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Dominic Lawson: So, this is where we are now

You really should read Dominic Lawson’s piece in the Sunday Times.  Here are some edited highlights for the lazy. But frankly, don’t read them. Read the whole article.

Never forget:

Radovan Karadzic’s defence against 11 charges of genocide did not get off to the best possible start at the Hague last week. The chief prosecutor at the international criminal tribunal for the former Yugoslavia opened proceedings by releasing transcripts of tapped telephone conversations of the Bosnian Serb leader from 1991, which record Karadzic saying: “There are 20,000 armed Serbs around Sarajevo … it will be a black cauldron where 300,000 Muslims will die. They will disappear. That people will disappear from the face of the earth.”

What was the reaction of the Tories?

The Conservative government of John Major was the most forceful advocate of an arms embargo that would almost certainly have doomed the Bosnian Muslims to suffer further acts of genocide

And how did Western policy change?

…until in 1995 Bill Clinton browbeat the European Union into agreeing to airstrikes. These, backed by US-armed Bosnian and Croatian ground forces, forced the Serbs to abandon their plans to “ethnically cleanse” Bosnia and Croatia.

In 1999, when the Serbs began a similar ethnic cleansing policy against the Muslims of Kosovo, it was Tony Blair who supplied the political leadership for a military campaign against Milosevic. Britain and America — under the Nato umbrella — bombed Belgrade, most notoriously attacking the Serbian radio and television headquarters and killing 16 workers, including make-up artists and set designers. It is worth remembering that this bombardment, carried out in defiance of a United Nations veto by Russia and China, was most vehemently supported by Robin Cook and Clare Short, the two cabinet ministers who subsequently resigned over Blair’s decision to back America’s “shock and awe” assault on Baghdad without UN sanction.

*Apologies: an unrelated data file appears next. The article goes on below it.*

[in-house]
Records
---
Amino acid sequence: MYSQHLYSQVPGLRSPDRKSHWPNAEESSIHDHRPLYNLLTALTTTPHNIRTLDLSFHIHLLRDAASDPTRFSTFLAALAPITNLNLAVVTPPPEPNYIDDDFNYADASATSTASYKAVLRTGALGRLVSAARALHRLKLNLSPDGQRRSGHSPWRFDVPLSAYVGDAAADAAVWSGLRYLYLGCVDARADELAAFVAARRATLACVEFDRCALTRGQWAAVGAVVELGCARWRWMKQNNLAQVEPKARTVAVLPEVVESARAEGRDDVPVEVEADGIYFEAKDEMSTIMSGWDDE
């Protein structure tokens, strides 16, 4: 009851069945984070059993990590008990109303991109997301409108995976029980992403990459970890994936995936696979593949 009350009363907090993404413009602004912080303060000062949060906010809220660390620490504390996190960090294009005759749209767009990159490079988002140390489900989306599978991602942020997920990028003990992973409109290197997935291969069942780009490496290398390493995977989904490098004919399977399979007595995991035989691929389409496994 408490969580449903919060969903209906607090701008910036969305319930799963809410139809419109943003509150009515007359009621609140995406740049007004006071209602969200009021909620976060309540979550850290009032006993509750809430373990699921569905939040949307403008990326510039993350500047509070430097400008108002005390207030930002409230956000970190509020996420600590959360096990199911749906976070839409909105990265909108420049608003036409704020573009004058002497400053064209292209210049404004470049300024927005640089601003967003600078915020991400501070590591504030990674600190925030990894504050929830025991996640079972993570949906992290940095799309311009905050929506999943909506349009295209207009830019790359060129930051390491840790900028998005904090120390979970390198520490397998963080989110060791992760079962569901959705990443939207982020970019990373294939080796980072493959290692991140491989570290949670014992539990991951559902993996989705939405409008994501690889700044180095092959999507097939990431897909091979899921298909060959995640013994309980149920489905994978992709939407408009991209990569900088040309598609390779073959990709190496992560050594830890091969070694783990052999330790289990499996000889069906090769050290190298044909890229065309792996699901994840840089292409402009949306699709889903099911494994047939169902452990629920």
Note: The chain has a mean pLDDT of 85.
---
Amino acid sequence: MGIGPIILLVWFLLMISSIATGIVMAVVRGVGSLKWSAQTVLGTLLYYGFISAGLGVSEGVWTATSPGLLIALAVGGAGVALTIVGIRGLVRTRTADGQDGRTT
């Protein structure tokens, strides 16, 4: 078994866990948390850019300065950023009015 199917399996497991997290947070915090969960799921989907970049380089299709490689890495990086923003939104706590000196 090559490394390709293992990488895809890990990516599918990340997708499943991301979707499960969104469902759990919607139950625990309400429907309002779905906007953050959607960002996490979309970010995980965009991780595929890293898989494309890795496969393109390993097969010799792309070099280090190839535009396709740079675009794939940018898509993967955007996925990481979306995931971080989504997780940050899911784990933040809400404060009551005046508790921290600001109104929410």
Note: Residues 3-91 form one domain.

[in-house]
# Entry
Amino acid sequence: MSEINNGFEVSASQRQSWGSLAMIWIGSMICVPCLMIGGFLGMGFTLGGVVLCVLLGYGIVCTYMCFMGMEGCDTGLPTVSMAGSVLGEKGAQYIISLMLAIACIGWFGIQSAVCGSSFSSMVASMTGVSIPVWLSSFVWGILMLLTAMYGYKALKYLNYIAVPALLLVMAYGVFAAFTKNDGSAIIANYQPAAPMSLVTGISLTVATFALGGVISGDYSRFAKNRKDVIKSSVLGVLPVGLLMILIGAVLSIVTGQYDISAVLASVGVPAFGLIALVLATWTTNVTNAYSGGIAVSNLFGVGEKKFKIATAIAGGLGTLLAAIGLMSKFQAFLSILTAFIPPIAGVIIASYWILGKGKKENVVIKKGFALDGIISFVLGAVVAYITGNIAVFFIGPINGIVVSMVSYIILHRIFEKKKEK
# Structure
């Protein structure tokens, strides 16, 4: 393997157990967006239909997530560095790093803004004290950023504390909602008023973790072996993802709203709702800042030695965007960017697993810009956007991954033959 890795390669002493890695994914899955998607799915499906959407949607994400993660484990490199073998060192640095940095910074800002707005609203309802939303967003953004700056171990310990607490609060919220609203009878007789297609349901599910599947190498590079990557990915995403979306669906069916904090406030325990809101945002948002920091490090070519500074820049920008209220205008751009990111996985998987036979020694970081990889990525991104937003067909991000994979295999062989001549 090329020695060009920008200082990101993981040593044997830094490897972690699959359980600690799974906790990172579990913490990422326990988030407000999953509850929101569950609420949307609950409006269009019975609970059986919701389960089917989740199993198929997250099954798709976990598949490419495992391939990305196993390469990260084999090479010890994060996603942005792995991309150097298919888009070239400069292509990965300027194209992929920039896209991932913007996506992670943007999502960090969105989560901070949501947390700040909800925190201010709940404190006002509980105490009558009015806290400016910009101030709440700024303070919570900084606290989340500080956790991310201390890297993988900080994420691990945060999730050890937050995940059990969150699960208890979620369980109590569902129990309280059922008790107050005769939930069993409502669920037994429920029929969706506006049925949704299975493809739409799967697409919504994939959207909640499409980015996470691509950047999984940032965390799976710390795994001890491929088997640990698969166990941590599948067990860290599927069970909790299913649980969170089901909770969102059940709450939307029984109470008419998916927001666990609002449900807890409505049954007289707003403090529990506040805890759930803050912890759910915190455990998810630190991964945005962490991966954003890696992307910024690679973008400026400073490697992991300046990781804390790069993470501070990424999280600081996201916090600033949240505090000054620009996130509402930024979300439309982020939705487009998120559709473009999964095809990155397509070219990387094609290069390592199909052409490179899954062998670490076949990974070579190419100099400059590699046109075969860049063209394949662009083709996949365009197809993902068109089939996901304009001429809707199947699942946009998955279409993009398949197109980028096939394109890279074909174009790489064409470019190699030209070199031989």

Look where we are now:

Blair is hate figure No 1 for thousands of Muslims, even in his own country, many of whom subscribe to the view, propagated by Al-Qaeda and its Sunni acolytes, that the war in Iraq was anti-Islamic in its entire purpose.

I had a similar experience when I spoke at a public meeting near the east London mosque, organised by the Muslim group Dialogue with Islam. When I argued that the Nato attack on Serbia in defence of the Muslims of Kosovo hardly suggested a fundamentalist Christian hatred of Islam on the part of the British and American governments, I could see that I might as well have been speaking in Welsh for all the impact it had on that audience of Muslim men and women.

By contrast:

They responded warmly, however, to the argument of Sheikh Dawud Noibi, a leading figure in the Muslim Council of Britain, that the US-led invasion of Afghanistan was motivated by the need to ensure the construction of an American oil pipeline there, implying that the Americans had allowed the attack on the World Trade Center so as to provide a pretext for this colonialist investment. Noibi, by the way, was appointed an OBE on the recommendation of the Blair government: presumably this seal of the state’s approval was just another dastardly trick by the Brits to fool the public into thinking they were not determined to destroy Islam.

Paradoxically:

If Karadzic does take to the stand at the Hague we can expect him to boast that he was fighting the Islamist threat to civilisation while Britain and America slept. Against the charge of genocide, any defence will do.

What a pickle.

Is Dominic Lawson really right to be so pessimistic? To be honest, with the Home Secretary on the verge of buying into the “moderate Islamist” falacy, and embracing the MCB and its activists again, he probably is.

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